A narrow room led to another very dark room on the terrace of my Dadu’s (maternal grandfather) house. It always aroused our curiosity. The elders would tell us it was a dark room. Obviously, it was a dark room! – we would think. But why was it so dark? Well! For one, it didn’t have any window. It also served as a ‘dark room’ for developing photographs for Dadu and his brother. Though they were an engineer and a doctor by profession, they were passionate about photography. By the time we were born, however, they had stopped taking photographs. The room has remained in darkness ever since.
In 1955, Dadu brought back a Baby Brownie Special for my 18-year old mother and a box camera for my aunt, from his annual trip to the UK. Ma kept her camera with her, even after it had stopped working. My earliest memories of cameras go back to this and my father’s Yashica 635 with its Zenith tripod.
I used to think the Baby Brownie was for babies. I never saw it being used. Ma always kept it carefully in its small leather bag. It was a workhorse in its heydays, introduced by the Eastman Kodak Corporation in September 1939, priced at $1.25. It was one of the first instant shot cameras.
Baba’s Yashica, bought in 1960, was more high-end than this. Being a mariner, he had easy access to coloured film rolls. Hence, many of our childhood photos were in colour. During the 1960s and 70s, US photo labs would gift a free roll if 35 of 36 exposures exposed perfectly. So, Baba took time to compose and aim for a perfect photo and a free film roll. Often by the time he clicked, one of us would blink and get scolded by him. With analog cameras and film rolls, photographers had to be sure of every aspect before pressing the shutter, unlike our DSLRs and mobile phone cameras. Baba tried to teach us these aspects, but I didn’t understand aperture and shutter speed then. My sister was better at it. When the Yashica’s flash was becoming defunct in the late 80s, she used to hold the flash button and shutter with both hands and click them together. Thereafter, Baba bought a Nikon F401.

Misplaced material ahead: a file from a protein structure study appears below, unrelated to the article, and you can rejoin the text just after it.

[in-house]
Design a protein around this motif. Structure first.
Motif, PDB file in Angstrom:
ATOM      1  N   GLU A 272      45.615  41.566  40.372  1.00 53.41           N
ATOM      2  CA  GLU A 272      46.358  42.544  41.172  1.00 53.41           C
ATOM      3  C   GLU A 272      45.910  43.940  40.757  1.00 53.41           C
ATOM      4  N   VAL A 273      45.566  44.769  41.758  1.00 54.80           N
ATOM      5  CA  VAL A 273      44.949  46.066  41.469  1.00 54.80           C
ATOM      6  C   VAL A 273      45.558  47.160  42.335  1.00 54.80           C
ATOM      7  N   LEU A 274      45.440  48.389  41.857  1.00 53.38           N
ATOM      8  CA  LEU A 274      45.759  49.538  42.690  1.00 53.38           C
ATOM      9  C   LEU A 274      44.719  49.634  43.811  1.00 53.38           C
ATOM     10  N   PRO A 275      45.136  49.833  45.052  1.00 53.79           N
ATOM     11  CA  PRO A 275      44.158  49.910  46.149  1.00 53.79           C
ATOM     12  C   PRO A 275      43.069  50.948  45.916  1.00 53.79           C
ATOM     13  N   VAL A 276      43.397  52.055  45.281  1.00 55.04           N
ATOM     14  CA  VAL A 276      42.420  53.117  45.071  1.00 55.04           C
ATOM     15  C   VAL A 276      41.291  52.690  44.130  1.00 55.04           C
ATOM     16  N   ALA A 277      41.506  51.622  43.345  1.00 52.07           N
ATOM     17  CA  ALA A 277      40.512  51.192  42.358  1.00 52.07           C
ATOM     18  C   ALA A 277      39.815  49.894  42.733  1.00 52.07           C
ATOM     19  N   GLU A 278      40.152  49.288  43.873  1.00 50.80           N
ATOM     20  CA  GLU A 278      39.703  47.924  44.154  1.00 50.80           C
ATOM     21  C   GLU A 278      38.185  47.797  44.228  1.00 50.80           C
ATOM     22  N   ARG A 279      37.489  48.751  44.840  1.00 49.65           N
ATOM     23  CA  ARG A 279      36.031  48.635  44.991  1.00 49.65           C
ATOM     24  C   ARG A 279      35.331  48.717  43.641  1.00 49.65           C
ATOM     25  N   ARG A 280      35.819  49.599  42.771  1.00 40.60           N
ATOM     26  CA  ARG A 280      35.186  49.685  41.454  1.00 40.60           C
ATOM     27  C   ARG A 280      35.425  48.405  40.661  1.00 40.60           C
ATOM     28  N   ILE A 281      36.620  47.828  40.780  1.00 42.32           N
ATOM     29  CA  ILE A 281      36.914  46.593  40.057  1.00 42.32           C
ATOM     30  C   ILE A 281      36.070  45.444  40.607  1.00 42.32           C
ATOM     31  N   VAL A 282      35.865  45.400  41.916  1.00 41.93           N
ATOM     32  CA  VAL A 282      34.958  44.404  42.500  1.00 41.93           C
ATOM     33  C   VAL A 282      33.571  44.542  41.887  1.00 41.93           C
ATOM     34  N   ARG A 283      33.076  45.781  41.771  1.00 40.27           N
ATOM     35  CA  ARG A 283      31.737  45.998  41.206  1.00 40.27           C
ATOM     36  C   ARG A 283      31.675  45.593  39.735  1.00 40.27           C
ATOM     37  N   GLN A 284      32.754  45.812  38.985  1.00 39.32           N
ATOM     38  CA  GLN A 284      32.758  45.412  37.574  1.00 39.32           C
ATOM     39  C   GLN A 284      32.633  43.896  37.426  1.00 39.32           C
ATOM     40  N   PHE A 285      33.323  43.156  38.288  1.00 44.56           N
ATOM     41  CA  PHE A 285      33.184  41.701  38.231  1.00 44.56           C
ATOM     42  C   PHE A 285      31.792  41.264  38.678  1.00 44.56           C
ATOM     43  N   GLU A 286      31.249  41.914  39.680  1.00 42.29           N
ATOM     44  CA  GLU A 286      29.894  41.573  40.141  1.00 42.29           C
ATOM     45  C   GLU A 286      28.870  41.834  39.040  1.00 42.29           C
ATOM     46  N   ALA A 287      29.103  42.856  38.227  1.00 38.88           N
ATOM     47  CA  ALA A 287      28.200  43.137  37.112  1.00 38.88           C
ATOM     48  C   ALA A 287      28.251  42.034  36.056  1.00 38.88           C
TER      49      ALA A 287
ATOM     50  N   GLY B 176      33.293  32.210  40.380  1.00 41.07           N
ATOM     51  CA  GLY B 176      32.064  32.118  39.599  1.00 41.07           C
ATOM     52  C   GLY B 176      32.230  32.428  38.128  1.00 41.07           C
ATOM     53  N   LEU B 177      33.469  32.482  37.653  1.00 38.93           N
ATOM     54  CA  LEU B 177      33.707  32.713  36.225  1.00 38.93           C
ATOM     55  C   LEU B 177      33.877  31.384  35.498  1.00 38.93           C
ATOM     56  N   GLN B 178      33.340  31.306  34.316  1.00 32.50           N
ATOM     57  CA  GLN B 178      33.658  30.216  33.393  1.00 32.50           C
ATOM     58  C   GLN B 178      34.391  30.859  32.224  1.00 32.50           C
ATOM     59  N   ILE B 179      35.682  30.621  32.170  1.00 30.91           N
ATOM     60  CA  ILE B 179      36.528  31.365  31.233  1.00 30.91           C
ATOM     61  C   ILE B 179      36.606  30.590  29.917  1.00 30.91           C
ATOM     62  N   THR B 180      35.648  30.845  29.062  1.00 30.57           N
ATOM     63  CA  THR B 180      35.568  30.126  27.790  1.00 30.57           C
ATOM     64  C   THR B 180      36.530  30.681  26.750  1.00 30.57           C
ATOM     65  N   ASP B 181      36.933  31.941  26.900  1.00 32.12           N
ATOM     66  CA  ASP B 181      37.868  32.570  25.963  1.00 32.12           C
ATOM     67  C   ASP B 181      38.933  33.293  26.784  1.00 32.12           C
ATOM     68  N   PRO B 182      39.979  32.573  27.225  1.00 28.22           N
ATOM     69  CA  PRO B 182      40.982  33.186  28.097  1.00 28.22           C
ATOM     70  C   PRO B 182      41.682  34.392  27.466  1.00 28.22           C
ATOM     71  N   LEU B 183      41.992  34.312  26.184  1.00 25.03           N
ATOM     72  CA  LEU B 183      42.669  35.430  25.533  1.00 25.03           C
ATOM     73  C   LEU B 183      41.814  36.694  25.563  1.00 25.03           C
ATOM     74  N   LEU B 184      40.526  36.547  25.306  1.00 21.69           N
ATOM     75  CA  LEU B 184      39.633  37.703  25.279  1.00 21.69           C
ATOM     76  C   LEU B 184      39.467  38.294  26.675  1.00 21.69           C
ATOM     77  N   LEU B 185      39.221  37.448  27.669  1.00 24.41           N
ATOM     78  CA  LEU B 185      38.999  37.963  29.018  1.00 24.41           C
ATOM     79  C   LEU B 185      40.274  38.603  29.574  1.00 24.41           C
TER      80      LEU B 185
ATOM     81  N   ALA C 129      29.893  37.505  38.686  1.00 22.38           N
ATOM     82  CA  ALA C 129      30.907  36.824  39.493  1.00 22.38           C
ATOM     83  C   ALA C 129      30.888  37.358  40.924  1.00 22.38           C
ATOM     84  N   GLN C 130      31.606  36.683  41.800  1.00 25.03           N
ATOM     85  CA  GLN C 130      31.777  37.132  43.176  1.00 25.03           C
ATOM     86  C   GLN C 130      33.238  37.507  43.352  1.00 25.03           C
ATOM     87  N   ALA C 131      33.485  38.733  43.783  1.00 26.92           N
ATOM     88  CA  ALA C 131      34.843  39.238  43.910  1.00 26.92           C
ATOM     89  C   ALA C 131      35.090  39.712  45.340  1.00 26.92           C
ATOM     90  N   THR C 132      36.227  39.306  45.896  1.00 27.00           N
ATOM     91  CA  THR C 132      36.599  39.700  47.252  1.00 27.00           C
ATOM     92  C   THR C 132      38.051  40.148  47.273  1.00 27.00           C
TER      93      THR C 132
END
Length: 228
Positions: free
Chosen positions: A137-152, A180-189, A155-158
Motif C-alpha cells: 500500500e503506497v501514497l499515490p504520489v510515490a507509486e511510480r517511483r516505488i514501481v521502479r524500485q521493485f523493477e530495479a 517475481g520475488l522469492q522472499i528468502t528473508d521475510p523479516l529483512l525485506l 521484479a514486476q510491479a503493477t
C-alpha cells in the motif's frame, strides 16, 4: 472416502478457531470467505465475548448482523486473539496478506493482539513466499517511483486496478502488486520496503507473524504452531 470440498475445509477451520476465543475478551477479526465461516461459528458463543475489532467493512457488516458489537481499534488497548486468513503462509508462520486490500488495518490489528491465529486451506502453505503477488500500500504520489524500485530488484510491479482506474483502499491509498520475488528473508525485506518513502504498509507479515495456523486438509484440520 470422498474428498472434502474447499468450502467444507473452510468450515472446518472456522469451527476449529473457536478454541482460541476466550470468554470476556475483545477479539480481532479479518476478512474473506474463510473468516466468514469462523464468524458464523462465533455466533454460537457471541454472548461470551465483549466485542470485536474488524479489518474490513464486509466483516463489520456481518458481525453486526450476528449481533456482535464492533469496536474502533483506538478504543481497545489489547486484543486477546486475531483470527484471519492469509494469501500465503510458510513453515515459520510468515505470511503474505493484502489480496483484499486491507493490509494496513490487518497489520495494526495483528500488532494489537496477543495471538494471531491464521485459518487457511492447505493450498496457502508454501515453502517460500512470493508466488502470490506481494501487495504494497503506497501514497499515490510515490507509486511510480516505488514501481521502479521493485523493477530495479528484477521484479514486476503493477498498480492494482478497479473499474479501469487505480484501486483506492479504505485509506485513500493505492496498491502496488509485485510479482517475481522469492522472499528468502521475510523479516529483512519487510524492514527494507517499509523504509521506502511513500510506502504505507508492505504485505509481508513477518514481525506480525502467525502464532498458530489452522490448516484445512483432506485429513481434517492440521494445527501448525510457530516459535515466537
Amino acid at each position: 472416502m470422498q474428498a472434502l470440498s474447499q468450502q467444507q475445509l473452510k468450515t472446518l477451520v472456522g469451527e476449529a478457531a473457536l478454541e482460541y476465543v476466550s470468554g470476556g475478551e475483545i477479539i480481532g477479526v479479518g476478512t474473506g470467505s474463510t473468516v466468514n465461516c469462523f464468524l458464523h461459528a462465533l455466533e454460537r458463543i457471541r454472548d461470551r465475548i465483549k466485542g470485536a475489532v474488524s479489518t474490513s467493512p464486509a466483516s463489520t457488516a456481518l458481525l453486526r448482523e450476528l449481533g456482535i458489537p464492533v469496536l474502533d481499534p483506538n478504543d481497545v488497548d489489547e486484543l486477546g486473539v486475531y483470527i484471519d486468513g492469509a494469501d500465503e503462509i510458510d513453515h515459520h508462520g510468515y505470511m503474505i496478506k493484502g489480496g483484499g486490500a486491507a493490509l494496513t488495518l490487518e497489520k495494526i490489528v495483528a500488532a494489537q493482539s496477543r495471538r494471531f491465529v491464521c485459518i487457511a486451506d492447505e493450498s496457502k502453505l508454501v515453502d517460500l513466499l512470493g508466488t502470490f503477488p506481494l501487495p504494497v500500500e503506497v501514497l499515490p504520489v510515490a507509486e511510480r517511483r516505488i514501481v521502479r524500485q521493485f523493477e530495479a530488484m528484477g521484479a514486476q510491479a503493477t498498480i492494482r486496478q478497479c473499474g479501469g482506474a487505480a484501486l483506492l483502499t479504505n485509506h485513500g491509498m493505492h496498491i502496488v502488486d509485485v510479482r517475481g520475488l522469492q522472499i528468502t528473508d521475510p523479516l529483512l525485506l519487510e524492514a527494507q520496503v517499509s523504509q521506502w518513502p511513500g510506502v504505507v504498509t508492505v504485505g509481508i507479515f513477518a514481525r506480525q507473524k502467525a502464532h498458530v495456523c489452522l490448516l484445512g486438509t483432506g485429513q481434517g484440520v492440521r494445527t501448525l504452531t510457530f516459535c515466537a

My interest in photography remained latent for years. It was an expensive hobby in those days. It still is, but recurrent costs of film rolls and printing have reduced significantly. I ventured into photography around 2008. The Baby Brownie is still with me. The Yashica was sold off before I could keep it with me. I still have the Zenith tripod. To me, they are more expensive than my Nikon D700 with which I had clicked this photo in a lift. This image reflects my life as a photographer – snatching shots in midst of chaos with hardly any time to think and compose. Always on the run.